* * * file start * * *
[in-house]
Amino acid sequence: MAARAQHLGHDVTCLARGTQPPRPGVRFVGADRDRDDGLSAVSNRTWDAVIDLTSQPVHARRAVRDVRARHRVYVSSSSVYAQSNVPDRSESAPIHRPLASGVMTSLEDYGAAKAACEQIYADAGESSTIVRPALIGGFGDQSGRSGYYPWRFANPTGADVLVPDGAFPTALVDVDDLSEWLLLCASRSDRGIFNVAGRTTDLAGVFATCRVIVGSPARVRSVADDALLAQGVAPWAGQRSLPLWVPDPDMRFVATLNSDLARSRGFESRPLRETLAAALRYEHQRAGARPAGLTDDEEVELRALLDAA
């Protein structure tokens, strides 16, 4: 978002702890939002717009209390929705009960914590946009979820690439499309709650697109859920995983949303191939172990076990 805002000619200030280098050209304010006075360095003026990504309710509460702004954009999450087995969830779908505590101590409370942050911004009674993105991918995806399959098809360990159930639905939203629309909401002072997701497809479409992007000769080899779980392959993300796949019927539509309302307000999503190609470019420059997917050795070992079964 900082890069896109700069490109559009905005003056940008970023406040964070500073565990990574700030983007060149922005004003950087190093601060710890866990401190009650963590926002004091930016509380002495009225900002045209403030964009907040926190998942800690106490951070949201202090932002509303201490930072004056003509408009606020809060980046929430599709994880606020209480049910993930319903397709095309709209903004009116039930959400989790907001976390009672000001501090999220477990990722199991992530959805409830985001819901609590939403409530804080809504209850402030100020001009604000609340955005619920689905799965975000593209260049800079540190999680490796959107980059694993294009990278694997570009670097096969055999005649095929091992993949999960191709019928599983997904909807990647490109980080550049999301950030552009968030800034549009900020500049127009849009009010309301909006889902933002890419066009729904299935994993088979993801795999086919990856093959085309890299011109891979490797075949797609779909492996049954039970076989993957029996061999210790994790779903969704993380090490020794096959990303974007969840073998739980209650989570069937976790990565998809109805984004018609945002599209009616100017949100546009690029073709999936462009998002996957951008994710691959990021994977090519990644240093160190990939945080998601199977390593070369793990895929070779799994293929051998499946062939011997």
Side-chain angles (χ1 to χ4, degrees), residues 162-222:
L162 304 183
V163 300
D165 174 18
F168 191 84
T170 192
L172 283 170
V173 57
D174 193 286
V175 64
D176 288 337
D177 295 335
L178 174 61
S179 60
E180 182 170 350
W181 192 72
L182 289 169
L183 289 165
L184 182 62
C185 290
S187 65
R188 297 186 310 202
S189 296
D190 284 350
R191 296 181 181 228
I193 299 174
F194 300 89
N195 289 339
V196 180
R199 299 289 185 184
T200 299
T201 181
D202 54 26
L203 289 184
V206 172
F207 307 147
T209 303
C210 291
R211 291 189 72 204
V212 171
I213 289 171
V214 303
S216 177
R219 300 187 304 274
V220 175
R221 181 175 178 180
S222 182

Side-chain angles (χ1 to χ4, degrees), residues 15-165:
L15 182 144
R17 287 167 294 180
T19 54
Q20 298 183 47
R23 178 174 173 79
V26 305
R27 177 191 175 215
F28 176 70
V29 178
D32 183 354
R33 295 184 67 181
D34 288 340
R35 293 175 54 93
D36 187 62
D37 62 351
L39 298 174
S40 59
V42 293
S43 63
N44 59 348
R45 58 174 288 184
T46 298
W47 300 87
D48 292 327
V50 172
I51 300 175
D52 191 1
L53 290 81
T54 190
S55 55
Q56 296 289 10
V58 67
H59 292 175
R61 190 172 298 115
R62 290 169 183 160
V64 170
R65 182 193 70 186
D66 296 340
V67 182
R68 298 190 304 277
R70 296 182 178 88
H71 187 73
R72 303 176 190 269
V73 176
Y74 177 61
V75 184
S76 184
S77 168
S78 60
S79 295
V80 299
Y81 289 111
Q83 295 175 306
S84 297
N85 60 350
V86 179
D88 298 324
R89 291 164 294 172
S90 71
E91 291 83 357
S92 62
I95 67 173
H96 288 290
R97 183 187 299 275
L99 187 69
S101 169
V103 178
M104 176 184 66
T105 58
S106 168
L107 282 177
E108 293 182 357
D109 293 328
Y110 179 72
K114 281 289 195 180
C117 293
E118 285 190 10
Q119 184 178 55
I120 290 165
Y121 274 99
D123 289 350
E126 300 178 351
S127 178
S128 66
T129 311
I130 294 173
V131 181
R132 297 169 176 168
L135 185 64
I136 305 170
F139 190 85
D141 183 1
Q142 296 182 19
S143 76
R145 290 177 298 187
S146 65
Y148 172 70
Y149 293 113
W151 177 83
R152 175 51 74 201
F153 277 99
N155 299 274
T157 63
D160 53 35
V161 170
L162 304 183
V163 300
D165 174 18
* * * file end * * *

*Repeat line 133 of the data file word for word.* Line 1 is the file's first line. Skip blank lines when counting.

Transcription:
E126 300 178 351